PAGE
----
Since the main purpose of alt text is to inform the reader of what the image shows if they can’t view it, your alt-text should never drag on. Simply explain what the image shows using your keywords as the primary descriptor and additional text as needed.
The recommended alt-text length is about 125 characters. Some browsers only create one line of alt-text and allocate the size of the image to the length of the one line. The result of a long alt text line is not just “search engine confusion”, but also reader confusion when they cannot finish the line of text from within the image because it was cut off by the browser they are using.
If you find that your alt text is always longer than 125 characters, your point is probably better off posted in the actual content of the article instead of the alt image text.
Examples of SEO-friendly alt text
First, let’s take a look at the source code:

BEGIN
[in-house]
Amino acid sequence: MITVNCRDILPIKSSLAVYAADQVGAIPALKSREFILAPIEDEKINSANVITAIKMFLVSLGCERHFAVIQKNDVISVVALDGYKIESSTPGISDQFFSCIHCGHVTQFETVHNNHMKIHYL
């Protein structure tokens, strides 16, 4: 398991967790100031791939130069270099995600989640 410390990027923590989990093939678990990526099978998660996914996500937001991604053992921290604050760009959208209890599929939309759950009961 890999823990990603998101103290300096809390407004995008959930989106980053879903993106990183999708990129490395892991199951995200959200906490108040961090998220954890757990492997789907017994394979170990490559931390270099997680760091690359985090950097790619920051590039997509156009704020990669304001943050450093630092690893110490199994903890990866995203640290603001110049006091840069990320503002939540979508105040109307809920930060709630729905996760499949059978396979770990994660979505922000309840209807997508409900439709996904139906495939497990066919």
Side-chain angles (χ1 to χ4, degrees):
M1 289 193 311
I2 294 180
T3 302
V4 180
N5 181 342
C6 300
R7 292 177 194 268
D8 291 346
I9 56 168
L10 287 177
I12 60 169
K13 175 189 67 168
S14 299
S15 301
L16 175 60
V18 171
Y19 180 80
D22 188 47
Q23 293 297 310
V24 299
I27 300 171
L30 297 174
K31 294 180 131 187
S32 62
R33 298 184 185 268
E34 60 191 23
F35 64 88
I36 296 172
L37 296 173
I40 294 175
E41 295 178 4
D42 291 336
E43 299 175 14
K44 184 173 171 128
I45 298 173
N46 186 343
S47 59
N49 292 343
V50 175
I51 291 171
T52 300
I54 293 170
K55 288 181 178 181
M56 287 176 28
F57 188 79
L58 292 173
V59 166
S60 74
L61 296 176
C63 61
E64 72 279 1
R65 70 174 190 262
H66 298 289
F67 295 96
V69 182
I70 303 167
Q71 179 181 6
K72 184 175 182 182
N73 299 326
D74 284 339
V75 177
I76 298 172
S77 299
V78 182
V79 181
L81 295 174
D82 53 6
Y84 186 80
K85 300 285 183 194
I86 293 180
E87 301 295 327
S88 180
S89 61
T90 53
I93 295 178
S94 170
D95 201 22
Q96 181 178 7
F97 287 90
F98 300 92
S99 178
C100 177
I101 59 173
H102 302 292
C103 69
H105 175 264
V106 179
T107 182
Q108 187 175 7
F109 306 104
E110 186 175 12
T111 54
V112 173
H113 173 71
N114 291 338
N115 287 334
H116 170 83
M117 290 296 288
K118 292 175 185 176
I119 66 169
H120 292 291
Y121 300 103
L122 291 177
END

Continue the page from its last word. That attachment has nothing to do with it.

<img src=”Image.gif” alt=”alt-text-goes-here”>
In this example, the “image.gif” is the image that is displayed to those who can properly see the image. Those who can’t see the image will instead see the text you include where it says “alt-text-goes-here”.
Here are some better examples to give you an idea of what a good SEO-friendly piece of alt text looks like.
You own a pet shop and your display picture is a kitten in a basket at your pet shop. Your source code should look something like this:
<img src=”FluffyCat.png” alt=”Pet Shop Kitten Snuggling in Basket”>
The goal is to make your alt-text clean, concise, and friendly to the keywords you decided to target in your piece.
Now let’s say you have an online car accessory shop. You sell things like seat covers, floor liners, and air fresheners. On your air freshener page your alt text will look like this:
<img src=”AirFreshner.png” alt=”Air Freshener Pack and New Car Accessories”>
In the example above, you’re targeting air fresheners, new cars, cars in general, and car accessories.
Finally, you have a membership site that sells marketing tips to your audience. You have an infographic of marketing statistics everyone should know in 2019. How will your alt-text look in this situation? Since you obviously can’t fit every stat in your alt-text, you might say: